4- .1 Having finalized the voyage or passage plan. course alteration points. daytime versus night-time passing of danger points. 3.5 .4 .4 Each voyage or passage plan as well as the details of the plan.4 . 4 Execution 4. and traffic conditions. tidal restrictions. or allowance for the increase of draught due to squat and heel effect when turning. as appropriate. taking into account existing shore-based emergency response arrangements and equipment and the nature of the cargo and of the emergency itself.3 The details of the voyage or passage plan should be clearly marked and recorded. (particularly in areas known to be affected by frequent periods of low visibility) as well as weather routeing information.8 .. e. where there may be limitations because of night passage.g.6 . including primary and secondary options. 4. considerations relating to the protection of the marine environment.7 . and contingency plans for alternative action to place the vessel in deep water or proceed to a port of refuge or safe anchorage in the event of any emergency necessitating abandonment of the plan.doc . . estimated times of arrival at critical points for tide heights and flow. minimum clearance required under the keel in critical areas with restricted water depth. taking into account the vessel's turning circle at the planned speed and any expected effect of tidal streams and currents.3 . should be approved by the ships' master prior to the commencement of the voyage or passage. the method and frequency of position fixing. . the voyage or passage should be executed in accordance with the plan or any changes made thereto.893 .2 Factors which should be taken into account when executing the plan. on charts and in a voyage plan notebook or computer disk.2 . and the indication of areas where accuracy of position fixing is critical and where maximum reliability must be obtained. meteorological conditions. as soon as time of departure and estimated time of arrival can be determined with reasonable accuracy. positions where a change in machinery status is required.2 necessary speed alterations en route. especially at navigational focal points. use of ships' routeing and reporting systems and vessel traffic services.A 2/Res. and any effect this may have on position fixing accuracy.3 the reliability and condition of the vessel's navigational equipment.5 I:\ASSEMBLY\21\Res\893.9 3.1 . or deciding on any departure therefrom include: .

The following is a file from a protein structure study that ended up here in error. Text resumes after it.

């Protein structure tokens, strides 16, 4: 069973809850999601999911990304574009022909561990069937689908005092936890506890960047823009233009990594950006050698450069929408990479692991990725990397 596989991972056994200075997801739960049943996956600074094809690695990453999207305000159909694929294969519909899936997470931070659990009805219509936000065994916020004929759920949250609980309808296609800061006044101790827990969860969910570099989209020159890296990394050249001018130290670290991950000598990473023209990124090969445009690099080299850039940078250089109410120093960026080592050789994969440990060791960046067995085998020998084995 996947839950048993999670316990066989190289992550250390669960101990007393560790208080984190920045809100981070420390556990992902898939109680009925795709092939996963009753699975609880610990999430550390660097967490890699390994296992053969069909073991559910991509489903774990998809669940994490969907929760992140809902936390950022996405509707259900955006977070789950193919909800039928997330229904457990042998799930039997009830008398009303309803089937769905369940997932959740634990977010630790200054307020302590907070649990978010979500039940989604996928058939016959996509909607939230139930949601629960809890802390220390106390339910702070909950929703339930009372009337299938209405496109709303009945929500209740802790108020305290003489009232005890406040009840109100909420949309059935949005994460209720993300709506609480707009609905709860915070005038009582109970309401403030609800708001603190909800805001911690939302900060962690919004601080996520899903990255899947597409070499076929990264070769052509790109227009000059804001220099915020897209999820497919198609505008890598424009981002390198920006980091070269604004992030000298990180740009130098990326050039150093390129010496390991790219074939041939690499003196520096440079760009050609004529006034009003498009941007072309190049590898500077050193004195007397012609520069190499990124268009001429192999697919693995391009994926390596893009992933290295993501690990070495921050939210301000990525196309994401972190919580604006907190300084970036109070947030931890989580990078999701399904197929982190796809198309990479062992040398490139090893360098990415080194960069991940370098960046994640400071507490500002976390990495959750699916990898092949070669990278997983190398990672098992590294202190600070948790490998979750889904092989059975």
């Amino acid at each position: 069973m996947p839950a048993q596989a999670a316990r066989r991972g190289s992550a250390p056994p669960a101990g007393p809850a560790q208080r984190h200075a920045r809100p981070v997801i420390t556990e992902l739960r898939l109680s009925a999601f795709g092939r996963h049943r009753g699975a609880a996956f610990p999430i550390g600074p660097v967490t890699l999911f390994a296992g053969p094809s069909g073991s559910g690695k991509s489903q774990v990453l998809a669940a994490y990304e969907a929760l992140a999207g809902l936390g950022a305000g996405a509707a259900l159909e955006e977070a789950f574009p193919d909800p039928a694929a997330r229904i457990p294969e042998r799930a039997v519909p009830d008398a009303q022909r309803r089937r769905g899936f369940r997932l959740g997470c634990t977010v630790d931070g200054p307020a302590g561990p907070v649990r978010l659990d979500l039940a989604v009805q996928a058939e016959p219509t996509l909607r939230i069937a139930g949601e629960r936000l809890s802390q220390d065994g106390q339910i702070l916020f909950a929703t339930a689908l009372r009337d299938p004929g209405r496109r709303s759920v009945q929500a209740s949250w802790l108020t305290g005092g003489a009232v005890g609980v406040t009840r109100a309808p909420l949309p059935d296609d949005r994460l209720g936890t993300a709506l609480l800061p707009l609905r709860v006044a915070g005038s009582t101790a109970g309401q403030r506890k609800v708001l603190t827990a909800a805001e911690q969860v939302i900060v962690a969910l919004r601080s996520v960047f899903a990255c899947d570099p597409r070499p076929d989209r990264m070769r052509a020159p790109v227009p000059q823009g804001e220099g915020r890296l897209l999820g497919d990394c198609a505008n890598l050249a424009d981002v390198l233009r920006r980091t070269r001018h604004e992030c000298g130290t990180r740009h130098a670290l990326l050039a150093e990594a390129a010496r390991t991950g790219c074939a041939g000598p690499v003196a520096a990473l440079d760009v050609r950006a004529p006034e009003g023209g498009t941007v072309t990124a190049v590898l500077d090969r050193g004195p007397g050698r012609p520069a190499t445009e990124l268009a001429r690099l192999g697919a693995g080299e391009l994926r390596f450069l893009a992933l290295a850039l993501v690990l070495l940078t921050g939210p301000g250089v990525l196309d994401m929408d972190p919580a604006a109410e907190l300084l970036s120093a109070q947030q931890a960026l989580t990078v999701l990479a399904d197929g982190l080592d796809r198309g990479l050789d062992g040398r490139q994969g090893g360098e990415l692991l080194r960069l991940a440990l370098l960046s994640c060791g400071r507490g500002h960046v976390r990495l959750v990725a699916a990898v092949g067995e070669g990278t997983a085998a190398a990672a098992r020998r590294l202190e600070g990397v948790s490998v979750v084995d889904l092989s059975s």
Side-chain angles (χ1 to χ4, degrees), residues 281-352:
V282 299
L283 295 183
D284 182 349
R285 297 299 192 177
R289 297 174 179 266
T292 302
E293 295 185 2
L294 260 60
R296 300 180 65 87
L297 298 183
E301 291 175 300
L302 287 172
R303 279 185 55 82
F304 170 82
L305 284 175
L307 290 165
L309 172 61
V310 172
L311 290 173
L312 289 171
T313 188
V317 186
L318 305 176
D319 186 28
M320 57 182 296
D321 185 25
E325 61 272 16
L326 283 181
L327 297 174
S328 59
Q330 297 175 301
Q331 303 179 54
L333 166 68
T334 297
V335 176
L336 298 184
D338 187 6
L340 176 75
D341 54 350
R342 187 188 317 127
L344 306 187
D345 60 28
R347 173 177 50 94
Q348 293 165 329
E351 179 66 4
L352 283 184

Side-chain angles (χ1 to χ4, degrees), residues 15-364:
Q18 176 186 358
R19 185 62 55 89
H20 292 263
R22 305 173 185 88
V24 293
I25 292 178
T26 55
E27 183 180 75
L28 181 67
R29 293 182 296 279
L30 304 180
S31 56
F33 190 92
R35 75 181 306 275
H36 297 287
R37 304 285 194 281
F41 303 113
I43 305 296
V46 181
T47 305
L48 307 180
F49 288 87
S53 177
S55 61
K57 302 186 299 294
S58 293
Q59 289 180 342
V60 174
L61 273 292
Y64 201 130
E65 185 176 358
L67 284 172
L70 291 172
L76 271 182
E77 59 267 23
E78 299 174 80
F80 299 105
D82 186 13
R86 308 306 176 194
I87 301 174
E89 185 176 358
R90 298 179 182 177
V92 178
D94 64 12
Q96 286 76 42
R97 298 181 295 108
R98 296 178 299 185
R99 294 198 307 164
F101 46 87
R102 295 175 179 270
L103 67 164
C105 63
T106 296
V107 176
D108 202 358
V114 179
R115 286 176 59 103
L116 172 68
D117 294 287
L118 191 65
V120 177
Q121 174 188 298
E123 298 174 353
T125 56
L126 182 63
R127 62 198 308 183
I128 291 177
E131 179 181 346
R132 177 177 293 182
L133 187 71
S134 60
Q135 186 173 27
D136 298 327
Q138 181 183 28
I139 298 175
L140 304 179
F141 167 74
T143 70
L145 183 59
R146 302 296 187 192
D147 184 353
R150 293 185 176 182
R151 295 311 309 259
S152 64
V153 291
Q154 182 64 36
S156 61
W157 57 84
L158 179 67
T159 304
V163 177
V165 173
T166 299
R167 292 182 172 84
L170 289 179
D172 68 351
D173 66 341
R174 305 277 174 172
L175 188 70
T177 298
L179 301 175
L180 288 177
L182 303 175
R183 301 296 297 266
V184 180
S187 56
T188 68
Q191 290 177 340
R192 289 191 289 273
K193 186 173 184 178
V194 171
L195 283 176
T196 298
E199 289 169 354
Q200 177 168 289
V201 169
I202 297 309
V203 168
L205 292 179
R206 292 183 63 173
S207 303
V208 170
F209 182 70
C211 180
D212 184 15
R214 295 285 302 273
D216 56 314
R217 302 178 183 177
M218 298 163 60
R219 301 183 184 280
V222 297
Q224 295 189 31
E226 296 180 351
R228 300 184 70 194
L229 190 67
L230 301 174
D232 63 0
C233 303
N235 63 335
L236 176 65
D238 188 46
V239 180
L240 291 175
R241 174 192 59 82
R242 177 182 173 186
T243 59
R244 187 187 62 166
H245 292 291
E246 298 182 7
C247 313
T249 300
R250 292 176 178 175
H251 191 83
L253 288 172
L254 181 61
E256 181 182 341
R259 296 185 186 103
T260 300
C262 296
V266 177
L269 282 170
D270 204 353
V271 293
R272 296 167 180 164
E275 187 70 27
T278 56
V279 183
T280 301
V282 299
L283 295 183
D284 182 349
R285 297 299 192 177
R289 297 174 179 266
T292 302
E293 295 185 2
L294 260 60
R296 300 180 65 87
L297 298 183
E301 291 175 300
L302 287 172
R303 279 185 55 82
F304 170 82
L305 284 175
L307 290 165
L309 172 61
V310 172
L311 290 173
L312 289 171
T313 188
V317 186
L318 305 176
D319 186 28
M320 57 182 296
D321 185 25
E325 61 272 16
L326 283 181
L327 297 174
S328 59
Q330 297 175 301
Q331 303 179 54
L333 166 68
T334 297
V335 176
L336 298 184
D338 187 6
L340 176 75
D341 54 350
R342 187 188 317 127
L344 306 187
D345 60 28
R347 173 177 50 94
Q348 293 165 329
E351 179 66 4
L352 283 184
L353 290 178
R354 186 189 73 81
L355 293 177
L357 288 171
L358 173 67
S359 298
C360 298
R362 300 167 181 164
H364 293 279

3 It is important for the master to consider whether any particular circumstance. The master should also consider at which specific points of the voyage or passage there may be a need to utilize additional deck or engine room personnel. 5 Monitoring 5. and thus whether that section of the passage should be attempted under the conditions prevailing or likely to prevail. 5. introduces an unacceptable hazard to the safe conduct of the passage.1 The plan should be available at all times on the bridge to allow officers of the navigational watch immediate access and reference to the details of the plan. Any changes made to the plan should be made consistent with these Guidelines and clearly marked and recorded..2 The progress of the vessel in accordance with the voyage and passage plan should be closely and continuously monitored. _______ I:\ASSEMBLY\21\Res\893. such as the forecast of restricted visibility in an area where position fixing by visual means at a critical point is an essential feature of the voyage or passage plan.893 4.doc .5- A 2/Res.
This action might not be possible to undo. Are you sure you want to continue?
We've moved you to where you read on your other device.
Get the full title to continue listening from where you left off, or restart the preview.